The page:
south downs way
me and my brother in law have never done anything like this before, but we are thinking of walking the whole south downs way. we live in eastbourne so are thinking of starting in winchester and ending at eastbourne, we will be wild camping where possible and want to try and complete it in 3 days. so my question to you lot is do you think 3 days is possible? we could stretch to 4 days if need be though.
we are thinking of doing this next year around august time so we have plenty of time to prepare.
thank you for any advice you can give
without practice you'll find it a trudge. you could practice by walking the northern loop of the SDW from eastbourne to alfriston and back long the southern loop via exceat and the seven sisters. now do that for four days.
if you want to walk the SDW you could do it in sections or if a solid jaunt is a must then be aware that wild camping isn't as simple as you may think - you must be very discrete and pick your spot carefully. also, apart from a couple of taps along the western end there is no water so you will have to make detours to get water - which isn't necessarily a problem as water can be found in a pub.
if you look up "downlander southern railways" on google it will point you to a £10 daily special ticket that coevrs all trains and a fair few buses in the south downs area. don't waste your time trying to find it the southern site without the search.
I walked the SDW earlier this year in six days with four wild camps and one night just off the route at a friend's house. After five days I was only four miles from Eastbourne and could have finished that day but my Downlander ticket was for day six.
The distance is 100 miles so three days means at least 33 miles per day: doable if you are fit and travel light enough but it turns the whole journey into something of a slog; any excursions off route for food or ale will add to that mileage.
I see no problem with the wild camping: your schedule would enforce camp late, leave early anyway. By attempting the route in August you are guaranteed sufficient daylight, you may even have too much when looking to set up a discreet wild camp but you can always have a midday siesta. You may find the going dry and hard with little escape from the sun on the hilltops.
Some sort of water filtration system such as the Travel Tap can be useful in increasing the number of sources of water available to you such as the inlet to animal troughs on grazing land.
Good luck. Let us all know how it turns out for you.
I've done up to 24 miles in one day on a day hike, and when doing long distance paths around 20 miles a day for 3 days, and that frankly was enough for me. I generally prefer an average of around 18 miles a day where possible, 20 if necessary based on campsites (I'm not confident enough to wild camp) and time available.
In general though I would say you need to work out a few things in advance, namely how far you can both realistically walk in one day, and why you are doing the route. If you are simply going to walk the route for the challenge of finishing it as quickly as possible, then you'll need to get in plenty of practice in advance. If you actually want to enjoy the route, take photos, see any nearby sites and so on then you should relax and take 5-7 days to complete it and not worry much about speed.
I generally prefer to take my time a little, that way I enjoy the walk more and have plenty of photos to remind me of what I've seen, but each to their own.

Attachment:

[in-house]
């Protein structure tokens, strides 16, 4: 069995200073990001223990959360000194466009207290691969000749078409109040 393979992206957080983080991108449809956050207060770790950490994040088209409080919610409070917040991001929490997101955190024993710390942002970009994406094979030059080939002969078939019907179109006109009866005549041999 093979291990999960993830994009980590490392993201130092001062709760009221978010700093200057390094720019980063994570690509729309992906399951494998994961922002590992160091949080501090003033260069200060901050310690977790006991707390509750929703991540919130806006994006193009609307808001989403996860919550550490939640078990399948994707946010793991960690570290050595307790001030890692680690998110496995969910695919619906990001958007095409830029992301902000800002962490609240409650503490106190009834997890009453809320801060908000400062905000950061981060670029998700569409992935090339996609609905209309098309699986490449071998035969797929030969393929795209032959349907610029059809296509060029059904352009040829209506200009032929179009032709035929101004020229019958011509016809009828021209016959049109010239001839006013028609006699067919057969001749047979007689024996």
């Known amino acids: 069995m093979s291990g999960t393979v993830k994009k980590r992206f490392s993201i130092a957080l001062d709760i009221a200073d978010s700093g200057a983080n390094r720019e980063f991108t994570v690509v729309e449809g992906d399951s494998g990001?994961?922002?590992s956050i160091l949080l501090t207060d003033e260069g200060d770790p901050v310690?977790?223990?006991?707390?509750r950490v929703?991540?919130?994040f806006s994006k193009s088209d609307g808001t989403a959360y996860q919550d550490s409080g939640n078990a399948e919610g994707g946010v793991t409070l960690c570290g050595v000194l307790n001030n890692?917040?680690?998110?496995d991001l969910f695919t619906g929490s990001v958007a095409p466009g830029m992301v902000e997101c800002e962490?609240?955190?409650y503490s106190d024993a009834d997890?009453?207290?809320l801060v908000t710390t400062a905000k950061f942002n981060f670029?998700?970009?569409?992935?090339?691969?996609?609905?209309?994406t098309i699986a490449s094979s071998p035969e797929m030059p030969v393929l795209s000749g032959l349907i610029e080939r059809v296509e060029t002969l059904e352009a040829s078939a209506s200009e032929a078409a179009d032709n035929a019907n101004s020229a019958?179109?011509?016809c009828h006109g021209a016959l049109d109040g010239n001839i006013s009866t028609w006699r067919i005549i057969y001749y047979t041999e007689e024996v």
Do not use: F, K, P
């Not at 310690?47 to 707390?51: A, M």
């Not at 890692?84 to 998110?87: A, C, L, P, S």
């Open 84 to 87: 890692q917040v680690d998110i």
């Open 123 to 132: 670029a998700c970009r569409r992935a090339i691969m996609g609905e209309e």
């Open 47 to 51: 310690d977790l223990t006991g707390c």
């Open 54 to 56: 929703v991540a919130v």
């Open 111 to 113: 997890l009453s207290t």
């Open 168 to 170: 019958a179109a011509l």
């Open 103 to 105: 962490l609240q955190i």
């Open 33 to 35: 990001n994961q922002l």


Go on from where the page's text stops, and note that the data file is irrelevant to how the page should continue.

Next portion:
If you can, try to get hold of the National Trail Guide for the route because they're a great guidbook with lots of information and O/S maps included. I used the NTG when I did the Hadrian's Wall Path and only took a wrong turn once. Sometimes you can pick up older versions of the book in discount bookshops for £5. Whilst nothing can really replace full O/S maps, if you're not looking to make any diversions from the route the book will be all you'll need.
Its been a while since I posted this question and I thank you all for your advice. The date is set now for the last week in august to do the walk and there is now 3 of us doing it.
After a little bit of research I did realise 3 days was a bit stupid and so we are going to do it in 5 days and leave a with day as a buffer just in case
We will be wild camping mostly but will hit a campsite halfway through to refresh.
Thank you for the train ticket tip and if anyone usable to give any tips on wild camping that would be great
We are a good bunch of lads who will leave nothing but footprints and start no fires so I don't think we will be any trouble to any public situations
Can't wait to start now though, I know it will be hard going but it will be an adventure!
Also thanks for mentioning water I have now found grid numbers for waterpoints as well
Picking up grid references for water points sounds like you're doing your homework so well done! Hitting a campsite halfway through is also a good idea. If nothing else it should boost morale as you take advantage of whatever facilities they have.
August should give you good weather but if it does it can be very hot so watch it. I've definitely had a touch of sunstroke doing that path. Also if the ground does dry out it can be hard on the feet, like walking concrete. Finally you'll be walking on chalk downland. In bright sunlight you'll get reflection back off exposed chalk so don't forget those sunglasses!
The inclusion of a buffer day is also a very sensible idea. Blisters, an upset tummy anything can happen but it sounds as though you're really getting in to this, so good luck and I hope you enjoy it!
Not so much fun hobbling along on massive blisters, but well done for keeping going. I guess you now reckon that six or seven days was better than trying to do it in three or four days.
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